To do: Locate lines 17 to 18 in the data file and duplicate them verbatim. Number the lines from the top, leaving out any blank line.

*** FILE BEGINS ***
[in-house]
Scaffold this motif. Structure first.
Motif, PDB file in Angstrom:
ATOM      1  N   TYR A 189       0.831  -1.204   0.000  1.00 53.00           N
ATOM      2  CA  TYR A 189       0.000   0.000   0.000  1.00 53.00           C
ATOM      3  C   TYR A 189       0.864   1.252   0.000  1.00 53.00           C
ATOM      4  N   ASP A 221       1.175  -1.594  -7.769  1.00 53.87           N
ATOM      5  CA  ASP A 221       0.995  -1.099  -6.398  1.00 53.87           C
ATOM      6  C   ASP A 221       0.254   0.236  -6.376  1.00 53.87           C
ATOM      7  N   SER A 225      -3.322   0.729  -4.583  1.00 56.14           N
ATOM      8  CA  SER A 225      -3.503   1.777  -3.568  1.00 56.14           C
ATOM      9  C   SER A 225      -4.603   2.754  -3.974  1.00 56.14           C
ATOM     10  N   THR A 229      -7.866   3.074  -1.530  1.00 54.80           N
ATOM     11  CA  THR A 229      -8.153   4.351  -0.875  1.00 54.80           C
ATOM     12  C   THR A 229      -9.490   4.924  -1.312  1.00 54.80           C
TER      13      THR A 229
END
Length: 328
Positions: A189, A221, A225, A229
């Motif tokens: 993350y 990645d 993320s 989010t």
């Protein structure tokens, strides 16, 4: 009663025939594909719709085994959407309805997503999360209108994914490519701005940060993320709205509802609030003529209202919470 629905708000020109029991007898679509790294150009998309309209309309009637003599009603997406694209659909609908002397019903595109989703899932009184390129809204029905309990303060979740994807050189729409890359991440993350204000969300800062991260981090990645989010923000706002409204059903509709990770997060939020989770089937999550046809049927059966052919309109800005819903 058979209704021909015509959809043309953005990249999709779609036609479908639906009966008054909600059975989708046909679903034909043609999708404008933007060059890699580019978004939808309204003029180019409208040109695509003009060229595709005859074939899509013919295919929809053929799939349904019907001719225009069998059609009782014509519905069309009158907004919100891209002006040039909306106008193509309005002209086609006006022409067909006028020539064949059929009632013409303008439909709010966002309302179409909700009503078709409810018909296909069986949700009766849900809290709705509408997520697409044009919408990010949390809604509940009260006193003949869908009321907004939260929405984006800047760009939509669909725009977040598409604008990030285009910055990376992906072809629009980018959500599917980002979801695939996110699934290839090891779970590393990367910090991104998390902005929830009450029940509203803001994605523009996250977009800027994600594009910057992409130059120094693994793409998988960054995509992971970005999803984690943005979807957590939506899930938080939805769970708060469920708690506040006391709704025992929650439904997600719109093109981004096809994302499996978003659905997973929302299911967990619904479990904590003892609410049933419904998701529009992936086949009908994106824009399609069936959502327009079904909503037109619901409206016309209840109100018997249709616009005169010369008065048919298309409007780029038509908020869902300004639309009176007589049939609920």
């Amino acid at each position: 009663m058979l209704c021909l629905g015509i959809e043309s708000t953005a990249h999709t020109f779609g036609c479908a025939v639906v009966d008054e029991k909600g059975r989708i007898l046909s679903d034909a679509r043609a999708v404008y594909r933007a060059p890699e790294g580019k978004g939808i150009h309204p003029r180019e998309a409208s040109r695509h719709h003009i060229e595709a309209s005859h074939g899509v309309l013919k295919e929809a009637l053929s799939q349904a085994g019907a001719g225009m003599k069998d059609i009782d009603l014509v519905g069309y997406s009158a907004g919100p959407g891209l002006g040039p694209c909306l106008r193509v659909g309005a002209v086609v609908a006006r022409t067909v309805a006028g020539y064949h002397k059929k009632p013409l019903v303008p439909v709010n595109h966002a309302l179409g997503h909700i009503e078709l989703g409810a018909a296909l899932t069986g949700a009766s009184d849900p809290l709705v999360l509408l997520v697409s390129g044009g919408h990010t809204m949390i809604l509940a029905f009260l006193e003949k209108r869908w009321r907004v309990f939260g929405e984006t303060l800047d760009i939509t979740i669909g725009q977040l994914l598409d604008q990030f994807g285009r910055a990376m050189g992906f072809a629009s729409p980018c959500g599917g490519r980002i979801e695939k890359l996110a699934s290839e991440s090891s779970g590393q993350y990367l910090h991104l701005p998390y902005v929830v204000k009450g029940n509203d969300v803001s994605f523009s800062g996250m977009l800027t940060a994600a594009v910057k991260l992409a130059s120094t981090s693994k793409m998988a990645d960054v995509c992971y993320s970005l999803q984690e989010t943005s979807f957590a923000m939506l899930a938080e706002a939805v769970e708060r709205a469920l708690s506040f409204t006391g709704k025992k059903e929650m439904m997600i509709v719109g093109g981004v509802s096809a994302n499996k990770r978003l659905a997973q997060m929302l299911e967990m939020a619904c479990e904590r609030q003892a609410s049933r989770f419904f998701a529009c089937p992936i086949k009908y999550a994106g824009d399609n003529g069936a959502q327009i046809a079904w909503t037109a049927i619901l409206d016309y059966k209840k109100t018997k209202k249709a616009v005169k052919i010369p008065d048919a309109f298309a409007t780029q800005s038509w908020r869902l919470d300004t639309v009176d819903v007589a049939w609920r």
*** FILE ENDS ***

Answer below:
END
Length: 328